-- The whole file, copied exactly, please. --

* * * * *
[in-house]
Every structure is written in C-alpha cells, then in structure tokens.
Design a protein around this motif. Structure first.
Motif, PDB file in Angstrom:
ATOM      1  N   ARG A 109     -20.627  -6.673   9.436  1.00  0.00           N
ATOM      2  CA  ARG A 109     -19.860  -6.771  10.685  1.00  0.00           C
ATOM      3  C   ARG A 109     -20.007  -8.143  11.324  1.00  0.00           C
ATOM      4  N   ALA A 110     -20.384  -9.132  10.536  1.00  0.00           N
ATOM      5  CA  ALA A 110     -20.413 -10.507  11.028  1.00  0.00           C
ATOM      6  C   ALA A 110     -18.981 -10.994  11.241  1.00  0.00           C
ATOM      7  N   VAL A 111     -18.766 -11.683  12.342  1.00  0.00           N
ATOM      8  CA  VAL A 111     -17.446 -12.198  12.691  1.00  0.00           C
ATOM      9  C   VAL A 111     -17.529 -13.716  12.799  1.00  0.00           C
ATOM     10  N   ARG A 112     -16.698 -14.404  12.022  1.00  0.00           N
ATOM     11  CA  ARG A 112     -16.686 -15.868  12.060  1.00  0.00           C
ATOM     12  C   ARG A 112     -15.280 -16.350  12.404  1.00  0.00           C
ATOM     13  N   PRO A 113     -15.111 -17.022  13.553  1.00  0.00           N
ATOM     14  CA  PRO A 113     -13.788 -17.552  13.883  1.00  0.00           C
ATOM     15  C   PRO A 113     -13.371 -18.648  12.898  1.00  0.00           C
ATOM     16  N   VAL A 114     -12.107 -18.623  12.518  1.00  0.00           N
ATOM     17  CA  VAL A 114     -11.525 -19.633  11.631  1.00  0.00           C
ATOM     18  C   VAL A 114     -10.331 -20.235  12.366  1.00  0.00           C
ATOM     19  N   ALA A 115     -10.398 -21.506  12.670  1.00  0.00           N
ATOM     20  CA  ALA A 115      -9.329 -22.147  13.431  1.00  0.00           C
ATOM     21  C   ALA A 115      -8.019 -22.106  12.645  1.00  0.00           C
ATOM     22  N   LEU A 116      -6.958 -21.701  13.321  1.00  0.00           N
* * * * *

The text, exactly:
[in-house]
Every structure is written in C-alpha cells, then in structure tokens.
Design a protein around this motif. Structure first.
Motif, PDB file in Angstrom:
ATOM      1  N   ARG A 109     -20.627  -6.673   9.436  1.00  0.00           N
ATOM      2  CA  ARG A 109     -19.860  -6.771  10.685  1.00  0.00           C
ATOM      3  C   ARG A 109     -20.007  -8.143  11.324  1.00  0.00           C
ATOM      4  N   ALA A 110     -20.384  -9.132  10.536  1.00  0.00           N
ATOM      5  CA  ALA A 110     -20.413 -10.507  11.028  1.00  0.00           C
ATOM      6  C   ALA A 110     -18.981 -10.994  11.241  1.00  0.00           C
ATOM      7  N   VAL A 111     -18.766 -11.683  12.342  1.00  0.00           N
ATOM      8  CA  VAL A 111     -17.446 -12.198  12.691  1.00  0.00           C
ATOM      9  C   VAL A 111     -17.529 -13.716  12.799  1.00  0.00           C
ATOM     10  N   ARG A 112     -16.698 -14.404  12.022  1.00  0.00           N
ATOM     11  CA  ARG A 112     -16.686 -15.868  12.060  1.00  0.00           C
ATOM     12  C   ARG A 112     -15.280 -16.350  12.404  1.00  0.00           C
ATOM     13  N   PRO A 113     -15.111 -17.022  13.553  1.00  0.00           N
ATOM     14  CA  PRO A 113     -13.788 -17.552  13.883  1.00  0.00           C
ATOM     15  C   PRO A 113     -13.371 -18.648  12.898  1.00  0.00           C
ATOM     16  N   VAL A 114     -12.107 -18.623  12.518  1.00  0.00           N
ATOM     17  CA  VAL A 114     -11.525 -19.633  11.631  1.00  0.00           C
ATOM     18  C   VAL A 114     -10.331 -20.235  12.366  1.00  0.00           C
ATOM     19  N   ALA A 115     -10.398 -21.506  12.670  1.00  0.00           N
ATOM     20  CA  ALA A 115      -9.329 -22.147  13.431  1.00  0.00           C
ATOM     21  C   ALA A 115      -8.019 -22.106  12.645  1.00  0.00           C
ATOM     22  N   LEU A 116      -6.958 -21.701  13.321  1.00  0.00           N